In making this controversial case, Stotelmyer takes numerous historians to task. He objects to Stephen Sears’ highly critical analysis of McClellan, accuses James M. McPherson of “rank speculation,” and chastises Joseph Glatthaar for musing on Little Mac’s psychological state. His own source base includes published and private correspondence buttressed by numerous previous studies of the controversial Potomac commander. Indeed, for all the book’s protestations that Little Mac suffers from a dearth of defenders, Stotelmyer’s work stands as merely the latest in a long tradition of resuscitating McClellan’s reputation—Warren Hassler, Joseph Harsh, Thomas Rowland, Ethan Rafuse, Thomas Clemens, and Dan Vermilya have all offered their expertise to that effort over the years.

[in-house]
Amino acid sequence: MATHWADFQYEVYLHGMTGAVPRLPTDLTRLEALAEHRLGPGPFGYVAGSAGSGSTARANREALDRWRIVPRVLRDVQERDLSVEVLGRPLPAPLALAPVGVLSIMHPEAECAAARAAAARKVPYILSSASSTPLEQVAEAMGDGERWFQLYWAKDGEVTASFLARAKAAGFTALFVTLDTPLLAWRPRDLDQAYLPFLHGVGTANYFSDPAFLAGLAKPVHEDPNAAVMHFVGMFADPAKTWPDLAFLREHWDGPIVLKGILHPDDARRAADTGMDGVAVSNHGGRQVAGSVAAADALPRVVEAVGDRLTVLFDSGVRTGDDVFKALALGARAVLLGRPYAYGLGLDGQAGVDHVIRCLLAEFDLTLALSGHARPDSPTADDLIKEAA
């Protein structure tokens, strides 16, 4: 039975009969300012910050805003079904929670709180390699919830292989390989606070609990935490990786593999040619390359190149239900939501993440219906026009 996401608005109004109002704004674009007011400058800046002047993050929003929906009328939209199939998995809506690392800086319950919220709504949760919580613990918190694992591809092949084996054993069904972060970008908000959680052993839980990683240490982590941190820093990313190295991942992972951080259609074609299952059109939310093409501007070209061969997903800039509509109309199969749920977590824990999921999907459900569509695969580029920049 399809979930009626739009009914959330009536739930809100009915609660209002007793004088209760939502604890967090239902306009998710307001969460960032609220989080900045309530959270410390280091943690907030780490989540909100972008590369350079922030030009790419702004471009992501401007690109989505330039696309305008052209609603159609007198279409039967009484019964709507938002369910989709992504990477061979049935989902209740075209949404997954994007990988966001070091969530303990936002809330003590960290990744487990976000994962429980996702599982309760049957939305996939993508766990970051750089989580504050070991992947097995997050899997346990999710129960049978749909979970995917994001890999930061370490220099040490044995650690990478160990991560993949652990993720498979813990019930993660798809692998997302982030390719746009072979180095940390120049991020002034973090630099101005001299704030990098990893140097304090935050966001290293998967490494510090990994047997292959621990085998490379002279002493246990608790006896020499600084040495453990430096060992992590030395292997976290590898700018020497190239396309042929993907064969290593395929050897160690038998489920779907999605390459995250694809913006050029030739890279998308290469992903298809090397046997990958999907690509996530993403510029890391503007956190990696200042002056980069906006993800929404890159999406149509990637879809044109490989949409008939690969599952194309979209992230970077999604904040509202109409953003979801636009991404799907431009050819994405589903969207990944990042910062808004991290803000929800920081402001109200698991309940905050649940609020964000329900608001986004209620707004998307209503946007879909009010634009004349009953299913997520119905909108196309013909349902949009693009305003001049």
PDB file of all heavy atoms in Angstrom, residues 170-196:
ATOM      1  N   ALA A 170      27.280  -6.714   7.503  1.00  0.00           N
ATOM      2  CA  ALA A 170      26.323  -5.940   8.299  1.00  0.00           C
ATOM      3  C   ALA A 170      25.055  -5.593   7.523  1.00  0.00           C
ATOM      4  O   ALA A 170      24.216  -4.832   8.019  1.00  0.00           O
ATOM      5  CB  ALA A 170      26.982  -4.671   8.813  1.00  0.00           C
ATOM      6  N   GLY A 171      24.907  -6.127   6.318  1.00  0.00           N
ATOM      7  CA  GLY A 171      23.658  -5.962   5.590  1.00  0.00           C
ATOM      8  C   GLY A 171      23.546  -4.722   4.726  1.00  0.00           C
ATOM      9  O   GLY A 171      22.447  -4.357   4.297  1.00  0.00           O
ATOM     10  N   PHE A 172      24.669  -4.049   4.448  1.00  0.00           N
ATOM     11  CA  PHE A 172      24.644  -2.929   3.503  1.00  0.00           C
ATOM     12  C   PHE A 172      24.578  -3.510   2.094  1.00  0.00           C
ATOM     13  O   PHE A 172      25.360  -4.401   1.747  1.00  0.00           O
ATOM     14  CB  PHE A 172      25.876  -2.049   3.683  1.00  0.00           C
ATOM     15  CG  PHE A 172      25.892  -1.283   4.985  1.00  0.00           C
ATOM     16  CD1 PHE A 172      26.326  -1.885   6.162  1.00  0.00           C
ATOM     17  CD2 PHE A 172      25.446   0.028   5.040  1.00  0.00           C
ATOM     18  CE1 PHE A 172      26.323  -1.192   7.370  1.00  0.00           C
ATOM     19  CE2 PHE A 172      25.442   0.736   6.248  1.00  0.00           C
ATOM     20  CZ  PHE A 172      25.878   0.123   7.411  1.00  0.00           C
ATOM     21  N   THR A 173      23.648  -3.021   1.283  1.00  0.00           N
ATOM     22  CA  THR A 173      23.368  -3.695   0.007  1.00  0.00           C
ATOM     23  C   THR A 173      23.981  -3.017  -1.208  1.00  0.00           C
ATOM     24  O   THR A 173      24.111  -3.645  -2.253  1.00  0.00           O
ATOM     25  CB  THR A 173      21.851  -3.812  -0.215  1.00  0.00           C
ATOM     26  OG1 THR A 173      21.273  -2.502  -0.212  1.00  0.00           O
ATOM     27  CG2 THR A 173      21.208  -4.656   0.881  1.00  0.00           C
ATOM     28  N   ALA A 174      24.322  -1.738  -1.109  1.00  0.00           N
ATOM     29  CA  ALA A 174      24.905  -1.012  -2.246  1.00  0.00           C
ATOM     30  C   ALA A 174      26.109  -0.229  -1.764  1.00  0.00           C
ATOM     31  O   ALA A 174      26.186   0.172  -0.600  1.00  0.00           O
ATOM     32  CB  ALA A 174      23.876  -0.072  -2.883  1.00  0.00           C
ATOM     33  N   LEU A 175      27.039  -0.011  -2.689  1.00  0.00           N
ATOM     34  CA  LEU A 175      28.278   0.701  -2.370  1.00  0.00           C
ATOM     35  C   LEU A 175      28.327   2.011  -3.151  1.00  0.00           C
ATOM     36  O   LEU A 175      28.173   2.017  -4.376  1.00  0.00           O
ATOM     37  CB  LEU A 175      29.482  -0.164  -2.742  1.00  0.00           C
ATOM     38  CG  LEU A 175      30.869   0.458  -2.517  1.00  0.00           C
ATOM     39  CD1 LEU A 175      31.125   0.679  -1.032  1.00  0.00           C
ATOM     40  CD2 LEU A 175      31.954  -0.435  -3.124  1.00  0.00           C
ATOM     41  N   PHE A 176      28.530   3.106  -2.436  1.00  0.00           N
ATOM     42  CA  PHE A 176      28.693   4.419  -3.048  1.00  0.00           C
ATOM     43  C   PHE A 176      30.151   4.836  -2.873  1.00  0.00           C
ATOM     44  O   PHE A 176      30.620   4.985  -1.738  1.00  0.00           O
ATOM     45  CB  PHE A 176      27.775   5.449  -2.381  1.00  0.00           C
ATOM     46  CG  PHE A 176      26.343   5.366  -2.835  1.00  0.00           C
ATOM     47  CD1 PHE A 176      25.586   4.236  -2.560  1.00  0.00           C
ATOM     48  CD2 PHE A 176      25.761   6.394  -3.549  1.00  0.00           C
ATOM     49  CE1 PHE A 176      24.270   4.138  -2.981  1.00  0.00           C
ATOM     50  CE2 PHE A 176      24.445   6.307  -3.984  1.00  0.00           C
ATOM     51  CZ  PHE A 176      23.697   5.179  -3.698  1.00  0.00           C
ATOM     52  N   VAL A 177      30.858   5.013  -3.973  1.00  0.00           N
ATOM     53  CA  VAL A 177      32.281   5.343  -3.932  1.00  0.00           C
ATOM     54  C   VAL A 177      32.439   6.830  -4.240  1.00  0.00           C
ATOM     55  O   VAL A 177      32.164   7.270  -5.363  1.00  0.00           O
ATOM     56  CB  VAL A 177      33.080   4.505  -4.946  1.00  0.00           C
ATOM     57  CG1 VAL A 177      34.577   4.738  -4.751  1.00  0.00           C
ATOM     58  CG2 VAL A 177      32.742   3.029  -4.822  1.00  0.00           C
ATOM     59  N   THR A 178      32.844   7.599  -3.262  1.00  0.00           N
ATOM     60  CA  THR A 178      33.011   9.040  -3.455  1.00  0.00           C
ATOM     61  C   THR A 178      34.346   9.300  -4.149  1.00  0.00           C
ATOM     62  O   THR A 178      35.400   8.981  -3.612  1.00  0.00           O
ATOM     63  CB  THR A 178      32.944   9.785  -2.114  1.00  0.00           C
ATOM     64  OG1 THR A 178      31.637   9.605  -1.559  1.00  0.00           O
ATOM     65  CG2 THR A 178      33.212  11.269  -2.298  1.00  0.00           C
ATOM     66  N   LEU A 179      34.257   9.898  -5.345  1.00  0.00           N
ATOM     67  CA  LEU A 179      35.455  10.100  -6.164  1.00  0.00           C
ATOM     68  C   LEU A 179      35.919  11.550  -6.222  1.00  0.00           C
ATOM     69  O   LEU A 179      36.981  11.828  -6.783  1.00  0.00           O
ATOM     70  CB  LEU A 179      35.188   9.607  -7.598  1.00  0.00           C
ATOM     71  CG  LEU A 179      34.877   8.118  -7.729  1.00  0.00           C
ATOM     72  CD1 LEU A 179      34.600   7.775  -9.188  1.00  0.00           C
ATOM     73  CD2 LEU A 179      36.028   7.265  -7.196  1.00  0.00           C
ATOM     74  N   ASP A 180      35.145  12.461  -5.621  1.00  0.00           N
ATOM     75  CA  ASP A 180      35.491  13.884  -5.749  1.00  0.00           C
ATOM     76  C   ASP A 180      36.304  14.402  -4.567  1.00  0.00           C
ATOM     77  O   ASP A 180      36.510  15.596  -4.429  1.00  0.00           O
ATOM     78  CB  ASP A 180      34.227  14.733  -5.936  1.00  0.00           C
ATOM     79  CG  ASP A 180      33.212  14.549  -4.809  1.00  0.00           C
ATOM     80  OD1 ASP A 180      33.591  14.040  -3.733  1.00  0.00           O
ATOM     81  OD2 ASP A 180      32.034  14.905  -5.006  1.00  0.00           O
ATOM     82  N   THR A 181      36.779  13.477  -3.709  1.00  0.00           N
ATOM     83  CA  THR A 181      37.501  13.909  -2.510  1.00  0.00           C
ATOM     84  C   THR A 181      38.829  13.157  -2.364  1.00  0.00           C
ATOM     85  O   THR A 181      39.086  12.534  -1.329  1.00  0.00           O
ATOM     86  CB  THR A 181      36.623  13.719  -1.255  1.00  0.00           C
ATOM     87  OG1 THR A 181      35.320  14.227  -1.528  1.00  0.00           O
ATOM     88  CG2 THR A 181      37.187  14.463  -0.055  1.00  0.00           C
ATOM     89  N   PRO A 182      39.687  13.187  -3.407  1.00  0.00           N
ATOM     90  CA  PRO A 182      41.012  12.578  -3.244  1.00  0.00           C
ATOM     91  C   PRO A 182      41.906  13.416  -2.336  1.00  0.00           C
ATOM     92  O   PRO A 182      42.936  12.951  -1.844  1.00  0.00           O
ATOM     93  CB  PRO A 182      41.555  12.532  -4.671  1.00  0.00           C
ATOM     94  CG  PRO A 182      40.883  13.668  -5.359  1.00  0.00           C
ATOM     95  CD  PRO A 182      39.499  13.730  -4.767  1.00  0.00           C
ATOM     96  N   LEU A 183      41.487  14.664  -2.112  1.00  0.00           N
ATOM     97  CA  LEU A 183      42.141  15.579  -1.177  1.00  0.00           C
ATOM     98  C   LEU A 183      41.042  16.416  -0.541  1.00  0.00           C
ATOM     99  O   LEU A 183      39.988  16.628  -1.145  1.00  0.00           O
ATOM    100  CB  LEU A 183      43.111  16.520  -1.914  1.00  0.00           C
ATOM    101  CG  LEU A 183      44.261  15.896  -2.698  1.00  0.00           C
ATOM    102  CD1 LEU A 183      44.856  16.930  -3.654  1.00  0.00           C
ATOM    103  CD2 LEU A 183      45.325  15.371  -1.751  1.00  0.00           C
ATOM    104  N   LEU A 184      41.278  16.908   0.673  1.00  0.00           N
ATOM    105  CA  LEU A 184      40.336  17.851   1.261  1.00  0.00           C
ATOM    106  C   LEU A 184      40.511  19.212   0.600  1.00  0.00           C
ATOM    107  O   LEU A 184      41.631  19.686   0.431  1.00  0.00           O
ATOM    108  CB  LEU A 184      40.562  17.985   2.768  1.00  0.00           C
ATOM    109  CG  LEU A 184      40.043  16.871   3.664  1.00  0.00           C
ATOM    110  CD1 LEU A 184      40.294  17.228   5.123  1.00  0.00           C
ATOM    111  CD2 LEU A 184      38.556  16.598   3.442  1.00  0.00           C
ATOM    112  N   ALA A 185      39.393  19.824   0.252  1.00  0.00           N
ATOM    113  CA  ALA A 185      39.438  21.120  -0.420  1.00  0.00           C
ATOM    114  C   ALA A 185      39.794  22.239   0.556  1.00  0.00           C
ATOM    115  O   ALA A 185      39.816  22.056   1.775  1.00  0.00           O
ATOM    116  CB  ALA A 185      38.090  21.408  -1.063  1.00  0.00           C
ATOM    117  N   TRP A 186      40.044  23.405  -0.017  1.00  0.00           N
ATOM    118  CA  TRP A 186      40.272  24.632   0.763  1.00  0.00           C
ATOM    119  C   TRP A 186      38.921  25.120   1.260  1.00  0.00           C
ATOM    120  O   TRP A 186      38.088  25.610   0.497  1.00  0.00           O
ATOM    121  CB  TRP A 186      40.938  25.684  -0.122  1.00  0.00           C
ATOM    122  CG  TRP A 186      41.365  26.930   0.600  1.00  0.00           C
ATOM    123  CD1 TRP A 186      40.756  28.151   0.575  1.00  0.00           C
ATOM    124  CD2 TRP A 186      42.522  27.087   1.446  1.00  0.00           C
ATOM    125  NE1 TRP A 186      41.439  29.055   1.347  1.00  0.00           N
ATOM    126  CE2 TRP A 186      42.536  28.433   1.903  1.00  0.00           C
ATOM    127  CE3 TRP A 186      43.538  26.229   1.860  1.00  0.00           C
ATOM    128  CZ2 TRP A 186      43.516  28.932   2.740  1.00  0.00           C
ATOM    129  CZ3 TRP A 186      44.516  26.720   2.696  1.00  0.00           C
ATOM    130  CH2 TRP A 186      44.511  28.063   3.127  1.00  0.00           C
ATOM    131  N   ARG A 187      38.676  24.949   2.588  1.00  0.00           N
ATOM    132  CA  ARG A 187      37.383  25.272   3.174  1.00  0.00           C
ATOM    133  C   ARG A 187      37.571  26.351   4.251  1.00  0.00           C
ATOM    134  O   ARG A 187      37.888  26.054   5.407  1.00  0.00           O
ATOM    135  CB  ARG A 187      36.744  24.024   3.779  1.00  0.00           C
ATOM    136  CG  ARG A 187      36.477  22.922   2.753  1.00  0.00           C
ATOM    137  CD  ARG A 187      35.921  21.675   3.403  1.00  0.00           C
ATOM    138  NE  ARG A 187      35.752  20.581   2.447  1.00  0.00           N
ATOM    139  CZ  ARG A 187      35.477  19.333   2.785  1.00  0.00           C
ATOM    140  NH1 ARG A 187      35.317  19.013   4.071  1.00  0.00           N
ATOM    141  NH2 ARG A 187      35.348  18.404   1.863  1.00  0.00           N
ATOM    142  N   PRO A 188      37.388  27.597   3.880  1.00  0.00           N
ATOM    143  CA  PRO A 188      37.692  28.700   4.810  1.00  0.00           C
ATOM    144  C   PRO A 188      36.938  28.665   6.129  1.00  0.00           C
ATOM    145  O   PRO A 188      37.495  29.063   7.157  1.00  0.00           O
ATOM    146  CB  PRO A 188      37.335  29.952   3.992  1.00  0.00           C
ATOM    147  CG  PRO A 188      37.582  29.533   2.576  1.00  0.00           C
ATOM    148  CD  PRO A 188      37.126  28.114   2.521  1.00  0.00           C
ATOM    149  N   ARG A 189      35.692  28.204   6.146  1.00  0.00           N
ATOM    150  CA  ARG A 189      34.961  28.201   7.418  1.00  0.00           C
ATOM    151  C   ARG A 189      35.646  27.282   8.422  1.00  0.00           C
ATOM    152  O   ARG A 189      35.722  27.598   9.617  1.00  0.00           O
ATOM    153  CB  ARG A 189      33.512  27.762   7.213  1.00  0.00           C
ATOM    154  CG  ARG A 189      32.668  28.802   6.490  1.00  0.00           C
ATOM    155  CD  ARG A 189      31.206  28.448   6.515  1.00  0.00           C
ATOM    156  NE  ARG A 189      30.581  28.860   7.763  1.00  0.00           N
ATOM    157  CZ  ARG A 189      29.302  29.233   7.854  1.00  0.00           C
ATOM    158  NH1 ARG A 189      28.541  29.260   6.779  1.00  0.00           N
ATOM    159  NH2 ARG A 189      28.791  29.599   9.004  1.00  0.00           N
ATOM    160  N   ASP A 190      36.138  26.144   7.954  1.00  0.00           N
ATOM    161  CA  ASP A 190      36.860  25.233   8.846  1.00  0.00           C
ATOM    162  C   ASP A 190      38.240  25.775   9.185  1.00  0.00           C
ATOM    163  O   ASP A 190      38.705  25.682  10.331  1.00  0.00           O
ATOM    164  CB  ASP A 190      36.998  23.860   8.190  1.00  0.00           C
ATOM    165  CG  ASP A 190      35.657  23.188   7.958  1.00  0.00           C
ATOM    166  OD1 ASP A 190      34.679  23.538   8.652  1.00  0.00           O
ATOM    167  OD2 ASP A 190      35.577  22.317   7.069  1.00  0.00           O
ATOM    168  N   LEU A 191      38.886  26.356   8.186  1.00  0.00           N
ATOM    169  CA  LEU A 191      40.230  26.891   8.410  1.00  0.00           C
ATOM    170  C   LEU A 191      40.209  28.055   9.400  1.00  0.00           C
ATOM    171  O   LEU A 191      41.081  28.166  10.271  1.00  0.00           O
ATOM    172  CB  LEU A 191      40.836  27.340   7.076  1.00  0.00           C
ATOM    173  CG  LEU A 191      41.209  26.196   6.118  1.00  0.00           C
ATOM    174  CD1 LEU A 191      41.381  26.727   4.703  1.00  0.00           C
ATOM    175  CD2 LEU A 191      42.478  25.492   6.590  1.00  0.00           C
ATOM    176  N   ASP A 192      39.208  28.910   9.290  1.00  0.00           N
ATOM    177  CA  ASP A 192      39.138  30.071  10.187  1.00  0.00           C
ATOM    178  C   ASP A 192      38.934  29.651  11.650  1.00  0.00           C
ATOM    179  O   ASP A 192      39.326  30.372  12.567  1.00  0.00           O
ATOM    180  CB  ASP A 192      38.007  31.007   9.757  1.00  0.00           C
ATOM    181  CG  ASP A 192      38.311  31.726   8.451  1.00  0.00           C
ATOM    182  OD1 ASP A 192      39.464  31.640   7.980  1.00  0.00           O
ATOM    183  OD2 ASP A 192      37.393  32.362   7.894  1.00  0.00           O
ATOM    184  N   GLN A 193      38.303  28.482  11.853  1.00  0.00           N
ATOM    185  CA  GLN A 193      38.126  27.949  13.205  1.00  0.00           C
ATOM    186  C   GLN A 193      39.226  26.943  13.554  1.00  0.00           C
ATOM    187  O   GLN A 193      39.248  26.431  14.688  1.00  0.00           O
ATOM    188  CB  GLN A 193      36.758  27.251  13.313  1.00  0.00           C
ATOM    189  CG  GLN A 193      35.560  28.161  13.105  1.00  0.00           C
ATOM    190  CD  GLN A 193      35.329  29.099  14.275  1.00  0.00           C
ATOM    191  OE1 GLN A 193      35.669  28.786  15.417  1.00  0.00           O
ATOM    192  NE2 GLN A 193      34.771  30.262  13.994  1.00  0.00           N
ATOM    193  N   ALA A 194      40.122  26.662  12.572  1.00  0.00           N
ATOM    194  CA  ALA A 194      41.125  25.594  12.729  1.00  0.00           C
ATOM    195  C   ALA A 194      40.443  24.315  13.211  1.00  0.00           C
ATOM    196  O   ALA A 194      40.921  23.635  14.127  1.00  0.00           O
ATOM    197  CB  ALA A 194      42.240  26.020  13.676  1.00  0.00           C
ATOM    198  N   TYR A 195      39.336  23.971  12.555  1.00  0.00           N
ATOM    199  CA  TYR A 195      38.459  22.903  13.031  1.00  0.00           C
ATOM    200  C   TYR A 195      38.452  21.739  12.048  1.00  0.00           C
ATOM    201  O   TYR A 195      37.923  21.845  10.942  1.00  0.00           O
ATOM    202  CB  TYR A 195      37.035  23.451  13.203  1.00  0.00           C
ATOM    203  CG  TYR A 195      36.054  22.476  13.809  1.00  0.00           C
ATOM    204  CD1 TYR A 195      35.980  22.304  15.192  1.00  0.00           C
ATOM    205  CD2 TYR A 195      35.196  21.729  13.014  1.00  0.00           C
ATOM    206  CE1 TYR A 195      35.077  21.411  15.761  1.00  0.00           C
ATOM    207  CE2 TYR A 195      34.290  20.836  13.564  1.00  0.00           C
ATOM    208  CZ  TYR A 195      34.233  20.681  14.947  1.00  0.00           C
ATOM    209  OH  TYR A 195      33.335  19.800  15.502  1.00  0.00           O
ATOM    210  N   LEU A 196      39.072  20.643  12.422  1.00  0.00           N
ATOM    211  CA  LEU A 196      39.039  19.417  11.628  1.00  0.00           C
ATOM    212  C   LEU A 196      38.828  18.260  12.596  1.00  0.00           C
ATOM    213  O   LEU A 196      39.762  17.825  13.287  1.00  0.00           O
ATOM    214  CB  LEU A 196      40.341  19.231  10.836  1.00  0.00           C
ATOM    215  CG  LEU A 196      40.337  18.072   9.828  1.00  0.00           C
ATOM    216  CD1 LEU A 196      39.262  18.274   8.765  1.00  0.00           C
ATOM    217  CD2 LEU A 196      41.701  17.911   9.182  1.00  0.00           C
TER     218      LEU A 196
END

At its best, Too Useful to Sacrifice is the sort of book that keeps historians on their toes by forcing us to reexamine long-held assumptions. A worthwhile addition to Civil War literature is one that forces historians into the archives to move the debate forward, and in some instances Stotelmyer has done that. His take on the established September 13 timeline of the Lost Order asks important questions, for example, and his broader attention to the lack of overall cohesion in the Army of the Potomac serves the book well.